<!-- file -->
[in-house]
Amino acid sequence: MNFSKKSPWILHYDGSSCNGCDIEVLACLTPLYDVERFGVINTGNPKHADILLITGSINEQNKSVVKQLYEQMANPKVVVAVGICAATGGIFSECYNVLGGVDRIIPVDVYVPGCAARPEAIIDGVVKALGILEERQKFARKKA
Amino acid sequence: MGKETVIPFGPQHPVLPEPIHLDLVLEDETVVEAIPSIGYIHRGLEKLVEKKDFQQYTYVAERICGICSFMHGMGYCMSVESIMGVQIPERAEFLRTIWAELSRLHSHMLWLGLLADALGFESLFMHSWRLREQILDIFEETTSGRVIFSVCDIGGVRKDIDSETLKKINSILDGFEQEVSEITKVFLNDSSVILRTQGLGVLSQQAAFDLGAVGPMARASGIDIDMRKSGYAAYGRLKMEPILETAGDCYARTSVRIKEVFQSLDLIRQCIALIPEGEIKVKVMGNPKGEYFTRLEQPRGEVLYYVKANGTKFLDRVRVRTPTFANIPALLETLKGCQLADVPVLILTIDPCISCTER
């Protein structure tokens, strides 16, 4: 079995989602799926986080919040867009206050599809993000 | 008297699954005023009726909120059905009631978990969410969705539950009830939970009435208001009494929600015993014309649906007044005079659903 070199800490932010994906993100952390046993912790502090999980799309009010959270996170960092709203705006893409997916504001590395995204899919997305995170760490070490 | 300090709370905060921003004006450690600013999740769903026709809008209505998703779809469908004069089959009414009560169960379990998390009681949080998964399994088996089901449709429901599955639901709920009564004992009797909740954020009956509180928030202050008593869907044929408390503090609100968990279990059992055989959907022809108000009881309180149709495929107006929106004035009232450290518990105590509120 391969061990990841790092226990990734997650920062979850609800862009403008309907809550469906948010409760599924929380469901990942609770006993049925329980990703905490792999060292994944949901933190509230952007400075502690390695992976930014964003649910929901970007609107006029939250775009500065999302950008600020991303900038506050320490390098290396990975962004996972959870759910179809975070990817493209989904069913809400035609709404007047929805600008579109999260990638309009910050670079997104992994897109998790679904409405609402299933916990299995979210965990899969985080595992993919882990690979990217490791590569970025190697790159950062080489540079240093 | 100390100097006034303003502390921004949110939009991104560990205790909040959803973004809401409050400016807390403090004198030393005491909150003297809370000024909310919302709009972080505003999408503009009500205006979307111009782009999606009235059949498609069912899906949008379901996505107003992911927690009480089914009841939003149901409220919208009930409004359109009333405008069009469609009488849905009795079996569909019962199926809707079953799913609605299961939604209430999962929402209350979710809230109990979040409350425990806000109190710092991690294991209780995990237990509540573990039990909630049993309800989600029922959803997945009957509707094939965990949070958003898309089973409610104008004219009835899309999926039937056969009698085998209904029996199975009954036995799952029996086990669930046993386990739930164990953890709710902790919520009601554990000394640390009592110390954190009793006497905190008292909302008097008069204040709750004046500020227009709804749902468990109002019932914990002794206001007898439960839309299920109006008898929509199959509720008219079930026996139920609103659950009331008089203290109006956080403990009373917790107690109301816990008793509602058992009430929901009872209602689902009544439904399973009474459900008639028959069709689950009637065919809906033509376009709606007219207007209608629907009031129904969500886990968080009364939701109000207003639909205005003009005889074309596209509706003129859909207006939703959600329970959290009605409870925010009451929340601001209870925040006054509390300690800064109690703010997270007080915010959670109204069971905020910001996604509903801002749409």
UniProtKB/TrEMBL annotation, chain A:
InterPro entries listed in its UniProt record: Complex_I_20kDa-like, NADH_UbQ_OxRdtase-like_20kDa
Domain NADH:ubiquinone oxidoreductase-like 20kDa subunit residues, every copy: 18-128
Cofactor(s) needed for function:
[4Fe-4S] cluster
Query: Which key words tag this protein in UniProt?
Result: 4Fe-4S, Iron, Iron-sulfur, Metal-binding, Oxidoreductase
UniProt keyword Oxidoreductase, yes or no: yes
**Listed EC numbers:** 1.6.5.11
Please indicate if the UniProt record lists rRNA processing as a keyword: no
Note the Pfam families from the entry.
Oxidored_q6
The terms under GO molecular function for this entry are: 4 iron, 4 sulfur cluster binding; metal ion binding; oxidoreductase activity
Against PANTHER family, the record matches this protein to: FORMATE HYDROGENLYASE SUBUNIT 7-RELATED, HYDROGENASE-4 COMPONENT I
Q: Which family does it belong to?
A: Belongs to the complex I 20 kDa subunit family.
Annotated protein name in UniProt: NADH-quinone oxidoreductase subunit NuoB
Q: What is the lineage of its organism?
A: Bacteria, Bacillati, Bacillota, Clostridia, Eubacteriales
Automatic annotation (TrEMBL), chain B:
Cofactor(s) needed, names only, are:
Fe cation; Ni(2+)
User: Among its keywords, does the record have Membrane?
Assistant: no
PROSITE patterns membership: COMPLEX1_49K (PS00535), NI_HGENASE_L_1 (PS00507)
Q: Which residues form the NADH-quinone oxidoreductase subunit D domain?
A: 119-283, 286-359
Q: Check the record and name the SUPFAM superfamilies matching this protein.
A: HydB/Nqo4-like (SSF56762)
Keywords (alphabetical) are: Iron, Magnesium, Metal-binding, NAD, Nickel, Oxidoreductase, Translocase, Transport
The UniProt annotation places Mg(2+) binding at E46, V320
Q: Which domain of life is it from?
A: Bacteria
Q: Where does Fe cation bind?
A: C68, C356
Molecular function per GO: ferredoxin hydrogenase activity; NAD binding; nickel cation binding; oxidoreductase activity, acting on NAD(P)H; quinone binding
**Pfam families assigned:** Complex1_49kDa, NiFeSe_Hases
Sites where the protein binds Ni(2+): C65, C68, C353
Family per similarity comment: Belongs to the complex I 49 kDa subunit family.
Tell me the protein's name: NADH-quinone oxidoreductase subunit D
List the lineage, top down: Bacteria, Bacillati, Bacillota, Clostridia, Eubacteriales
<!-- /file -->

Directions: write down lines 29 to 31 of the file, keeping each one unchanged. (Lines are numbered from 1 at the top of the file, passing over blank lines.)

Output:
PROSITE patterns membership: COMPLEX1_49K (PS00535), NI_HGENASE_L_1 (PS00507)
Q: Which residues form the NADH-quinone oxidoreductase subunit D domain?
A: 119-283, 286-359